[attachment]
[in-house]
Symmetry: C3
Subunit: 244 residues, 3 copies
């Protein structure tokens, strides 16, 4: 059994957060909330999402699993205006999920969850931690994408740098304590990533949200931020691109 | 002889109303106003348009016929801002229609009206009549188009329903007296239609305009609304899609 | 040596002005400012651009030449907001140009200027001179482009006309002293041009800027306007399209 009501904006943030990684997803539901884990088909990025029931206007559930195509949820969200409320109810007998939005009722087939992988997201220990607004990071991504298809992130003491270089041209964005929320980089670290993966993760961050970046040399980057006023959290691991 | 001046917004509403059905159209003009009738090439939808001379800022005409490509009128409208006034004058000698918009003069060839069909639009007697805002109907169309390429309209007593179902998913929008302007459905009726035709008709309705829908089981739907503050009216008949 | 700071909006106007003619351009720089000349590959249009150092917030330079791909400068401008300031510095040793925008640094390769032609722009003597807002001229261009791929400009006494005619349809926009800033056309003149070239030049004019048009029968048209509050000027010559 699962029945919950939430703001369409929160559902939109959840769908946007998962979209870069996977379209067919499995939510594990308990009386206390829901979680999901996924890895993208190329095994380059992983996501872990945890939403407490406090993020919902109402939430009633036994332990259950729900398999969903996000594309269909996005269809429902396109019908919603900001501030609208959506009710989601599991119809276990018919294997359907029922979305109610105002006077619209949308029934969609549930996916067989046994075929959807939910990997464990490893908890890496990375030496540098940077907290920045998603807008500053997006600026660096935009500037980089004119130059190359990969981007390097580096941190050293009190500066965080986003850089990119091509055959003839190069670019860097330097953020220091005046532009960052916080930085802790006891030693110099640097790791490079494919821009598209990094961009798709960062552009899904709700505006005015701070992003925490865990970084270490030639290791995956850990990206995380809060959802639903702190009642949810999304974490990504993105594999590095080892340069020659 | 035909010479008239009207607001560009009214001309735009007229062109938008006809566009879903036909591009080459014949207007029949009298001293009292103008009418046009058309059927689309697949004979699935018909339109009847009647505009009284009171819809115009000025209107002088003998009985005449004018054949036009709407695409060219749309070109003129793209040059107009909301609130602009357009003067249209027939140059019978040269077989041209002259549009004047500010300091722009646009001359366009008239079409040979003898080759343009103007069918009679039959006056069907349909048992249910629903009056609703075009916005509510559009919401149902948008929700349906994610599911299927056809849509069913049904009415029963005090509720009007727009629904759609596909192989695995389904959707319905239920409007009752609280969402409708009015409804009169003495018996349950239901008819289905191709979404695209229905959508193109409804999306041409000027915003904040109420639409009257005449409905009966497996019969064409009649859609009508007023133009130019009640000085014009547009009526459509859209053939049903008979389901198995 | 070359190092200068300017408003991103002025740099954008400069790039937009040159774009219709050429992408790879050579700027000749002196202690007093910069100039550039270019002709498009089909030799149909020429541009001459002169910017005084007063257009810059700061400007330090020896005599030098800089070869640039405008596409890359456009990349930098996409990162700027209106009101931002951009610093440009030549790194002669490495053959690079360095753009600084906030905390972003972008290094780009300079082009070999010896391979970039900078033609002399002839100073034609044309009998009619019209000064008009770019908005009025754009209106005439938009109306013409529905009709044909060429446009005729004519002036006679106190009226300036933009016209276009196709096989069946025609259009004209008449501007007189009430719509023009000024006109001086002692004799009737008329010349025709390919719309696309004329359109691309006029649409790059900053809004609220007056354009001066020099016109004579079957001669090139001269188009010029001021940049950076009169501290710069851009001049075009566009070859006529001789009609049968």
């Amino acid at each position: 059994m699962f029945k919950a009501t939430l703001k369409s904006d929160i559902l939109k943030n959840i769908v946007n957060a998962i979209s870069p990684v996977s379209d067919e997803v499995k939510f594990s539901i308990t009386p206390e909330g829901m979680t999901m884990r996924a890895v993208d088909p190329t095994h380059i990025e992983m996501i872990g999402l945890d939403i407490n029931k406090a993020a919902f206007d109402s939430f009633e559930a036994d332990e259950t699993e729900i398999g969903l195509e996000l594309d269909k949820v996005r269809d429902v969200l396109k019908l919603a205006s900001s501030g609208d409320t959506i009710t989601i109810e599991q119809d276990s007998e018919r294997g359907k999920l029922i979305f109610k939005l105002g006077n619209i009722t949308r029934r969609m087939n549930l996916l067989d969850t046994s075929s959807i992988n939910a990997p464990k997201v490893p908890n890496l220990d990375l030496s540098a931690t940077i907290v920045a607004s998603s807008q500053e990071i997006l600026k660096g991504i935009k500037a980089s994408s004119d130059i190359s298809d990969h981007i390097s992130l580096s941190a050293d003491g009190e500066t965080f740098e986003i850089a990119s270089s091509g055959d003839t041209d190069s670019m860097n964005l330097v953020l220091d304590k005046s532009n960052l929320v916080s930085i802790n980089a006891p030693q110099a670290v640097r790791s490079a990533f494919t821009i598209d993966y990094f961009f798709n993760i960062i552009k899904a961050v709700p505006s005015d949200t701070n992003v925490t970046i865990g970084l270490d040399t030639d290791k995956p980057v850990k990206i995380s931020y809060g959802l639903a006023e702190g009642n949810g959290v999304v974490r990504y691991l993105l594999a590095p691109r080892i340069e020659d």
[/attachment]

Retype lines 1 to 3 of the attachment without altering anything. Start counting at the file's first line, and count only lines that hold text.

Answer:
[in-house]
Symmetry: C3
Subunit: 244 residues, 3 copies